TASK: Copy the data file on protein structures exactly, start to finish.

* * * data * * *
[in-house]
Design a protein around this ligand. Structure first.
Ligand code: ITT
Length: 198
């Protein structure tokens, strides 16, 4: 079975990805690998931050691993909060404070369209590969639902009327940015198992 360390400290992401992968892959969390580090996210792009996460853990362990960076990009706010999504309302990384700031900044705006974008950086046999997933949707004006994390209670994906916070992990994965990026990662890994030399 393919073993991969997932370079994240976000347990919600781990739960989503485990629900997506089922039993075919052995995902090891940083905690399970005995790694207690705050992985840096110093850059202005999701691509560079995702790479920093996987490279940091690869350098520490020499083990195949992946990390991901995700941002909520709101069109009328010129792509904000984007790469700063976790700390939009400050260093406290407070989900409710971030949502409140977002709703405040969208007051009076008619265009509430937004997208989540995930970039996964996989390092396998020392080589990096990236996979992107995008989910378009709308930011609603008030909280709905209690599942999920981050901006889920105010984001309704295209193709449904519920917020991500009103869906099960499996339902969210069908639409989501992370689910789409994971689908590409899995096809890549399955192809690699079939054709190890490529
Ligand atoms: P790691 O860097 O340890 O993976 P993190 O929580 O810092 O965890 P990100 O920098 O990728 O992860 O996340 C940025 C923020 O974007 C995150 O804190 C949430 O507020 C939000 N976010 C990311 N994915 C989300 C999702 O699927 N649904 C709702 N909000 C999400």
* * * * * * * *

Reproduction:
[in-house]
Design a protein around this ligand. Structure first.
Ligand code: ITT
Length: 198
């Protein structure tokens, strides 16, 4: 079975990805690998931050691993909060404070369209590969639902009327940015198992 360390400290992401992968892959969390580090996210792009996460853990362990960076990009706010999504309302990384700031900044705006974008950086046999997933949707004006994390209670994906916070992990994965990026990662890994030399 393919073993991969997932370079994240976000347990919600781990739960989503485990629900997506089922039993075919052995995902090891940083905690399970005995790694207690705050992985840096110093850059202005999701691509560079995702790479920093996987490279940091690869350098520490020499083990195949992946990390991901995700941002909520709101069109009328010129792509904000984007790469700063976790700390939009400050260093406290407070989900409710971030949502409140977002709703405040969208007051009076008619265009509430937004997208989540995930970039996964996989390092396998020392080589990096990236996979992107995008989910378009709308930011609603008030909280709905209690599942999920981050901006889920105010984001309704295209193709449904519920917020991500009103869906099960499996339902969210069908639409989501992370689910789409994971689908590409899995096809890549399955192809690699079939054709190890490529
Ligand atoms: P790691 O860097 O340890 O993976 P993190 O929580 O810092 O965890 P990100 O920098 O990728 O992860 O996340 C940025 C923020 O974007 C995150 O804190 C949430 O507020 C939000 N976010 C990311 N994915 C989300 C999702 O699927 N649904 C709702 N909000 C999400």